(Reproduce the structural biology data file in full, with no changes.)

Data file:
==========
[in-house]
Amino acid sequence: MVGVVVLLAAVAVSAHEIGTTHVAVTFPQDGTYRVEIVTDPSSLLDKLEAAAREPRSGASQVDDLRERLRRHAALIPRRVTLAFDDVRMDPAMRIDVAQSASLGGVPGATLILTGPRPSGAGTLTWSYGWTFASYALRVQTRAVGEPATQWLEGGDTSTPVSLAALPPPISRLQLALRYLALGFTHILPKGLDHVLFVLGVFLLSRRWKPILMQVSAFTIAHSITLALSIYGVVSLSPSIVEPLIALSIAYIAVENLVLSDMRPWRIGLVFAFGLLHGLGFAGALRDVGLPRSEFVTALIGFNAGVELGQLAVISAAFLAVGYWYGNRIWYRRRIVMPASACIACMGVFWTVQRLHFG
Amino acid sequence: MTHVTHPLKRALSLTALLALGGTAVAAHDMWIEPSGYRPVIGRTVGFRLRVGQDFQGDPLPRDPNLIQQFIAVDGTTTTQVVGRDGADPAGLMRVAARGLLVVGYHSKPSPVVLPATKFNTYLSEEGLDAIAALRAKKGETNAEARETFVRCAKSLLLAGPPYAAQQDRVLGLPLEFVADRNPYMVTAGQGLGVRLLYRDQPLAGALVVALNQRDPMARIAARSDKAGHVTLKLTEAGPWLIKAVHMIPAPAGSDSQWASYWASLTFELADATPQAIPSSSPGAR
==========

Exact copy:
[in-house]
Amino acid sequence: MVGVVVLLAAVAVSAHEIGTTHVAVTFPQDGTYRVEIVTDPSSLLDKLEAAAREPRSGASQVDDLRERLRRHAALIPRRVTLAFDDVRMDPAMRIDVAQSASLGGVPGATLILTGPRPSGAGTLTWSYGWTFASYALRVQTRAVGEPATQWLEGGDTSTPVSLAALPPPISRLQLALRYLALGFTHILPKGLDHVLFVLGVFLLSRRWKPILMQVSAFTIAHSITLALSIYGVVSLSPSIVEPLIALSIAYIAVENLVLSDMRPWRIGLVFAFGLLHGLGFAGALRDVGLPRSEFVTALIGFNAGVELGQLAVISAAFLAVGYWYGNRIWYRRRIVMPASACIACMGVFWTVQRLHFG
Amino acid sequence: MTHVTHPLKRALSLTALLALGGTAVAAHDMWIEPSGYRPVIGRTVGFRLRVGQDFQGDPLPRDPNLIQQFIAVDGTTTTQVVGRDGADPAGLMRVAARGLLVVGYHSKPSPVVLPATKFNTYLSEEGLDAIAALRAKKGETNAEARETFVRCAKSLLLAGPPYAAQQDRVLGLPLEFVADRNPYMVTAGQGLGVRLLYRDQPLAGALVVALNQRDPMARIAARSDKAGHVTLKLTEAGPWLIKAVHMIPAPAGSDSQWASYWASLTFELADATPQAIPSSSPGAR